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Title: Regulatory T cells in experimental solid organ transplantation
Author: Chan, Thomas
ISNI:       0000 0004 8502 8888
Awarding Body: University of Oxford
Current Institution: University of Oxford
Date of Award: 2018
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Clinical transplantation outcome has been improved significantly over the last few decades by powerful immunosuppressive drugs. However, transplant recipients are subjected to non-specific immunosuppression, which increases the risks of malignancy, opportunistic infections, and drug associated toxicities. Alternative strategies that provide more selective immunosuppression are currently being investigated. The possibility of harnessing regulatory T cells as cellular therapeutic agents has been proposed based on the evidence obtained from a number of pre-clinical studies. We have developed an in vitro protocol that could generate an enriched population of CD4+ Foxp3+ regulatory T cells (IFN-γ Treg) by stimulating CD4+ T cells with allogeneic APC in the presence of exogenous IFN-γ. We found that these Treg could suppress alloresponses following adoptive transfer to immunodeficient, as well as immunocompetent hosts in the presence of a sub-optimal costimulation blockade treatment in vivo. When compared to Treg generated by other in vitro protocols, IFN-γ Treg appeared to be superior in their suppressive function on a cell-to-cell basis. Alloantigen-driven IFN-γ Treg prolong allograft survival in a dose-dependent manner. More importantly, Treg delivered prior to the transplant resulted in the induction of tolerance but they had no impact on graft survival when given post-transplant. We demonstrated that IFN-γ Treg control alloresponses via the action of CTLA-4 and are partially dependent on IL-10 in vivo. Using an in vitro suppression assay, we showed that IFN-γ Treg controlled the proliferation of naïve CD4+CD25- T cells in vitro. Tolerance was only partially reversed following the depletion of IFN-γ Treg suggesting that the persistence of IFN-γ Treg was not a prerequisite for the induction of tolerance long-term, but that tolerance was maintained via infectious tolerance in vivo. However, IFN-γ Treg were less efficacious in controlling memory responses in sensitized recipients compared to naïve hosts at a given cell dose. IFN-γ Treg were more resistant to expansion in response to polyclonal or allogeneic stimulation in the presence of exogenous IL-2 compared to naturally-occurring Treg (nTreg) in vitro. However, at the same cell dose, IFN-γ Treg were more potent than freshly-isolated nTreg or expanded nTreg. Cryopreservation is a permissible solution to various logistic issues; however, Treg function could be discounted following the freeze and thaw processes. Activation status of Treg appeared to be crucially important for their suppressive function and we found that activated nTreg were equally effective in controlling allograft rejection in immunocompetent recipients as IFN-γ Treg, in the presence a sub-optimal costimulation blockade. Furthermore we developed a novel in vivo magnetic resonance imaging technique that provided a non-invasive method to assess graft function. In conclusion, we propose that alloantigen-driven Treg are potential candidates as alternative to nTreg for controlling allograft rejection after transplantation.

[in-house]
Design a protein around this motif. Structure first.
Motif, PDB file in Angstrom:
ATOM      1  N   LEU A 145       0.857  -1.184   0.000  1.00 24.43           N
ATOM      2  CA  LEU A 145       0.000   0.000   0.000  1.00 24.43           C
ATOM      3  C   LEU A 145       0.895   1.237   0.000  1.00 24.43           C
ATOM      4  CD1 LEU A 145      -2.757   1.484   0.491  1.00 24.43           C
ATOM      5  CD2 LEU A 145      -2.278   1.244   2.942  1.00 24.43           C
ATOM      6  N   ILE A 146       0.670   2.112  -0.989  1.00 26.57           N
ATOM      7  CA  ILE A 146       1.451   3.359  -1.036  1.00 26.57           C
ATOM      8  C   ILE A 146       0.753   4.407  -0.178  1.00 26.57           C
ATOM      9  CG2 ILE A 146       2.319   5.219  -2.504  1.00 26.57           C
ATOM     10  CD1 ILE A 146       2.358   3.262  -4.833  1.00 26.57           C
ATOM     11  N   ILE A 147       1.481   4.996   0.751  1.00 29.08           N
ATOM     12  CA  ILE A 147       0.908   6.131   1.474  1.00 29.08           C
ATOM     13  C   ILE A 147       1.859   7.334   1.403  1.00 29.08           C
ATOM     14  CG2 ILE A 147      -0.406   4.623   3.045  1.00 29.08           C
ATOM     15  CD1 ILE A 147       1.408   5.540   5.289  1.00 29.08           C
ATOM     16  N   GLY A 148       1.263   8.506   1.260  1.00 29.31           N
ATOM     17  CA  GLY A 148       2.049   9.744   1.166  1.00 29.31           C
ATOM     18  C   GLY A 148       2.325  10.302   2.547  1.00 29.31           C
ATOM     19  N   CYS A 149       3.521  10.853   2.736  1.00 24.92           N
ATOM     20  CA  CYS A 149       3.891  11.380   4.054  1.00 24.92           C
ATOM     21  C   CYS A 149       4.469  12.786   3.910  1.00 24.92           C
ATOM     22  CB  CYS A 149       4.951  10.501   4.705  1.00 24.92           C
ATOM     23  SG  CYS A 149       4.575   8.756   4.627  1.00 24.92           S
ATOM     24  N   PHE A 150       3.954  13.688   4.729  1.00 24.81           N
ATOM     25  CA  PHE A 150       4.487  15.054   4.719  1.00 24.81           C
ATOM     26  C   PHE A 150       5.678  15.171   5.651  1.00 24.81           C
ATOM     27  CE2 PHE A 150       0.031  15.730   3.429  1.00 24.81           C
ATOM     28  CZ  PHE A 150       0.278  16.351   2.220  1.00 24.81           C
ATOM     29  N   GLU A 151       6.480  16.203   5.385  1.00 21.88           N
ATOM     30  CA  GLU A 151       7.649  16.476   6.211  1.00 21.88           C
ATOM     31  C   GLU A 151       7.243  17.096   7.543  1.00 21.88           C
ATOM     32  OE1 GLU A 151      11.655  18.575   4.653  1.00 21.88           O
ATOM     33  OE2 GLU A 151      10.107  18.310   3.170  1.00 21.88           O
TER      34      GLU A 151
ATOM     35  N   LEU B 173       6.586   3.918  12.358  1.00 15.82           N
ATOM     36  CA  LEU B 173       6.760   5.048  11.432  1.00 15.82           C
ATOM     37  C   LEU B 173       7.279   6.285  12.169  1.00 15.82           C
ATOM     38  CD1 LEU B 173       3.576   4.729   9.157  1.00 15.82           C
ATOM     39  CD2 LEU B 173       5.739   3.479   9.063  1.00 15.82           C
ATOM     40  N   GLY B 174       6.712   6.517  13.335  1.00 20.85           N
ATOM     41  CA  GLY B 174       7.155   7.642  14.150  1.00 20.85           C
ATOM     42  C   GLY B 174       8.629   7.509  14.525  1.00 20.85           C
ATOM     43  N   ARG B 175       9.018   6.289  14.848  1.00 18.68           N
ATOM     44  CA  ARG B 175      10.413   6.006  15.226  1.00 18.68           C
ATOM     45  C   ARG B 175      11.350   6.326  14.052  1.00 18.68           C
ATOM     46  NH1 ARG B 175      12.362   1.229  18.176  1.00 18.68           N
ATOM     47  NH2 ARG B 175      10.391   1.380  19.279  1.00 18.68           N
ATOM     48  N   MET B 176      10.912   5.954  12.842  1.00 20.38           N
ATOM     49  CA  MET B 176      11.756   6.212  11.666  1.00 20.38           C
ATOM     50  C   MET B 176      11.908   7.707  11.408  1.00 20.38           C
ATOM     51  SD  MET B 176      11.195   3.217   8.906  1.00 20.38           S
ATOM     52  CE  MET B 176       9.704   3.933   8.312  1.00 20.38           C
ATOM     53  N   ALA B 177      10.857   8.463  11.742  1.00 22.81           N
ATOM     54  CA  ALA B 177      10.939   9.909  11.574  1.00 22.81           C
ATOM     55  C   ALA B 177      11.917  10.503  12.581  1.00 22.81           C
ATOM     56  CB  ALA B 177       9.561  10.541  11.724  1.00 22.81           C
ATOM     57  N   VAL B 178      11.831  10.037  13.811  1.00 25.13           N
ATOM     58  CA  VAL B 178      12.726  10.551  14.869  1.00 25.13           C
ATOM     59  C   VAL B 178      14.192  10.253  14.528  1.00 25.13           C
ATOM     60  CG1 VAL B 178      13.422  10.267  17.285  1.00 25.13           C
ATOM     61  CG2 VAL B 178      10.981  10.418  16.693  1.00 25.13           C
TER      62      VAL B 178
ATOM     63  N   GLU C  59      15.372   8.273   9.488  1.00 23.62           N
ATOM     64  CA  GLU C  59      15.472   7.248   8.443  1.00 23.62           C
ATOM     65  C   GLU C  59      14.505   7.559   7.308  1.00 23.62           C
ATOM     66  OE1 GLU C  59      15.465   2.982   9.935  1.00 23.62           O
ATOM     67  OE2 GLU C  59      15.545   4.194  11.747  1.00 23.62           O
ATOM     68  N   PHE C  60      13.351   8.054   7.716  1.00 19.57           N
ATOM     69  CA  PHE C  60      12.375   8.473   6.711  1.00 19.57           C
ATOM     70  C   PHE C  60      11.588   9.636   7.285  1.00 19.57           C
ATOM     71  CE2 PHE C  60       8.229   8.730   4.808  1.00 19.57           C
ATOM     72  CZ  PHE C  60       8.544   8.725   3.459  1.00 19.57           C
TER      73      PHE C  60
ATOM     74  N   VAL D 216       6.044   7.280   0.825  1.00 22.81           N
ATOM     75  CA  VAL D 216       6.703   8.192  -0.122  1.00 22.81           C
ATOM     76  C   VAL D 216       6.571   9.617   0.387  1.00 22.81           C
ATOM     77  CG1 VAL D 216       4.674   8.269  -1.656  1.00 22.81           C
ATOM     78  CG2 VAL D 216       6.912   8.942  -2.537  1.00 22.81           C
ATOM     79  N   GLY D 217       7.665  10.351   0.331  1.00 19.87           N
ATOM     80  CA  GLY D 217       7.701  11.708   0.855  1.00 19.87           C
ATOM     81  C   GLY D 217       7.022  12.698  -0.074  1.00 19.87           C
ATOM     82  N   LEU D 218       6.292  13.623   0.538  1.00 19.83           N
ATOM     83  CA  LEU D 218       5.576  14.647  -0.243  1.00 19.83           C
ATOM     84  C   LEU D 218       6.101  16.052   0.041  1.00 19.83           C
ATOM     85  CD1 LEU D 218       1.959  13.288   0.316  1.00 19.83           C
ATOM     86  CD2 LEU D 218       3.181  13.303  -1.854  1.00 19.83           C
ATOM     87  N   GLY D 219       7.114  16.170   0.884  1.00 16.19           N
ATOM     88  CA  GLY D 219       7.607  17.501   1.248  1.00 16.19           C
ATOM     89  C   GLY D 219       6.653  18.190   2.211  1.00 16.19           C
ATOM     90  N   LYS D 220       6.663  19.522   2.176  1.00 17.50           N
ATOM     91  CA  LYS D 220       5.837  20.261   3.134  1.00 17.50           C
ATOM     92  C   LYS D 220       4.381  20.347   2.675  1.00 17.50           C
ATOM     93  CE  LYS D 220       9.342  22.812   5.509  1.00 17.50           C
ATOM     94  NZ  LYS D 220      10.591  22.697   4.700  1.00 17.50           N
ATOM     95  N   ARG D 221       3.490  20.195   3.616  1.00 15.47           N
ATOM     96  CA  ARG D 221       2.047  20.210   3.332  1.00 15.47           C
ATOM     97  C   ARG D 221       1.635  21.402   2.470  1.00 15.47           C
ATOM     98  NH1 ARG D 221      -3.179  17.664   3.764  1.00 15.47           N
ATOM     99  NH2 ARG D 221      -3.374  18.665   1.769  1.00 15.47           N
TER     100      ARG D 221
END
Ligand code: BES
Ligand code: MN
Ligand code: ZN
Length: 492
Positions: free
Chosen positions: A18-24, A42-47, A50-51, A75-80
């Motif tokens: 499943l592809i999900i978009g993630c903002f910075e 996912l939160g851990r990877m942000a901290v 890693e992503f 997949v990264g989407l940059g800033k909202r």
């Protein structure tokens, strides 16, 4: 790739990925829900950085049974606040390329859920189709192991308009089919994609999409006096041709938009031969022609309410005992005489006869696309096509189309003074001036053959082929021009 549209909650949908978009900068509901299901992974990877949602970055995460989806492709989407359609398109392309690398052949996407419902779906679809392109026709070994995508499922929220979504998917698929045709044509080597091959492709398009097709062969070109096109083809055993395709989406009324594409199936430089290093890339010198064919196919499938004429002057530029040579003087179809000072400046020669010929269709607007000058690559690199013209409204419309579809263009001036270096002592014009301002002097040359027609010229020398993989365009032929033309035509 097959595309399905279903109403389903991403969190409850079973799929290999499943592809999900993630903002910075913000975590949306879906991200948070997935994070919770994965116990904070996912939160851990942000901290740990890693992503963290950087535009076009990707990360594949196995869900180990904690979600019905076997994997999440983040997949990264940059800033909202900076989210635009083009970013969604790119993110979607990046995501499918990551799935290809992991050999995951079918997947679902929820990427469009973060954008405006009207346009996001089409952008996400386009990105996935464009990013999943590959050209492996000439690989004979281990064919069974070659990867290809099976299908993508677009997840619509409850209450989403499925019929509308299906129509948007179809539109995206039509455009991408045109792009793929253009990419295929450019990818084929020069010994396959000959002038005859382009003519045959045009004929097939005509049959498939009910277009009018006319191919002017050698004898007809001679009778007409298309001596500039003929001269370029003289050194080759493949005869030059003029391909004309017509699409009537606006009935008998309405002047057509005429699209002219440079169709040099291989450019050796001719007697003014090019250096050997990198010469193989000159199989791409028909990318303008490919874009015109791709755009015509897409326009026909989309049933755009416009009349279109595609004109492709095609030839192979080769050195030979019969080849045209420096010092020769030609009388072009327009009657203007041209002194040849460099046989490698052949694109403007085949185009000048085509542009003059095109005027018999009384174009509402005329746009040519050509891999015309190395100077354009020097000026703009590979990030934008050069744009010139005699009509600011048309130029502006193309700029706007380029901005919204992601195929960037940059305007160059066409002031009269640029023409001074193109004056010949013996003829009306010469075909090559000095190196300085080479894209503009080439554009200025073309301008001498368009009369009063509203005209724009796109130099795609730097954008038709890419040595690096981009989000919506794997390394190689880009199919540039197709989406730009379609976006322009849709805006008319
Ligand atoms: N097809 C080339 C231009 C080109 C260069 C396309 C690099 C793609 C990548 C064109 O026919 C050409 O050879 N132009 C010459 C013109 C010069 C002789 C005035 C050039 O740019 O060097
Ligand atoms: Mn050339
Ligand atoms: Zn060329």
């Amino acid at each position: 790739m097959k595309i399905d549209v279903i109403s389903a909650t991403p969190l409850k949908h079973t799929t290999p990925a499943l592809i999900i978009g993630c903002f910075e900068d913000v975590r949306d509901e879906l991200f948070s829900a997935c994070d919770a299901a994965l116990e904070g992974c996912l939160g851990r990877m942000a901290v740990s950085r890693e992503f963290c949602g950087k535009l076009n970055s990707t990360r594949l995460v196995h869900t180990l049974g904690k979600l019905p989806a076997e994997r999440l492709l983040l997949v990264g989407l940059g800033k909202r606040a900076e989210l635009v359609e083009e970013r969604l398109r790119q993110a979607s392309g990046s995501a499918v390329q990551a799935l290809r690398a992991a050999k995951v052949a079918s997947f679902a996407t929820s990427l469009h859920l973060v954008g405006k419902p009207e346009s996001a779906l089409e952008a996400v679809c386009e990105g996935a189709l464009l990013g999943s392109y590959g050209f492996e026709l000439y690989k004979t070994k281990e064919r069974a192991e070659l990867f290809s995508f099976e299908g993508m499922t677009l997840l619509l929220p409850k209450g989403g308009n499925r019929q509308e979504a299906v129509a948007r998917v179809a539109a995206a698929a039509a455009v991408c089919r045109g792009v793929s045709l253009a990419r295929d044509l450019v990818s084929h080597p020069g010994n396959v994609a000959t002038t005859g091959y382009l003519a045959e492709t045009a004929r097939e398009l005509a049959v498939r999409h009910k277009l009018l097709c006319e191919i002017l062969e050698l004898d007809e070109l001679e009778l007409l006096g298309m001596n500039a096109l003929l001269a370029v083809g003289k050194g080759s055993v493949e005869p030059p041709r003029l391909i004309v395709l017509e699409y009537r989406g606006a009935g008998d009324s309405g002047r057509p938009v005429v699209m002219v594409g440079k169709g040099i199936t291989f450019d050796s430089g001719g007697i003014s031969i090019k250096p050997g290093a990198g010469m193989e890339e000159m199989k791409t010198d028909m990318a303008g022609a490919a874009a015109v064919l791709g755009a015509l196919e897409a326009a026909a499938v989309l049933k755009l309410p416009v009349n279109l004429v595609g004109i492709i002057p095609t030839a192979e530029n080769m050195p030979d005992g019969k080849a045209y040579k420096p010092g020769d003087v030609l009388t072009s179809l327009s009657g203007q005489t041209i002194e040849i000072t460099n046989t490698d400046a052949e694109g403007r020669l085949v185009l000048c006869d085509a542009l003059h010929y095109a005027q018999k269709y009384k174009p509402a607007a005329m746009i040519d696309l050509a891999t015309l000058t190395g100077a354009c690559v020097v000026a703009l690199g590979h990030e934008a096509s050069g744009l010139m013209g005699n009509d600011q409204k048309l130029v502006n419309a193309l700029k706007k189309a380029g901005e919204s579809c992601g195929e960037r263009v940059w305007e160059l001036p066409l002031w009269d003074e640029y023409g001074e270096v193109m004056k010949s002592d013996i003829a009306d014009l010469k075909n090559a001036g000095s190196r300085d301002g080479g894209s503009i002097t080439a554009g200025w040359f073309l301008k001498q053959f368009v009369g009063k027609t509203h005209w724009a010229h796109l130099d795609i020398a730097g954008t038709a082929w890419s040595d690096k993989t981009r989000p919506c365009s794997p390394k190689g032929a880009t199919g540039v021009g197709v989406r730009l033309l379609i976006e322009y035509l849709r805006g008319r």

Supervisor: Wood, Kathryn Sponsor: National Medical Research Council ; Singapore
Qualification Name: Thesis (Ph.D.) Qualification Level: Doctoral
EThOS ID:  DOI: Not available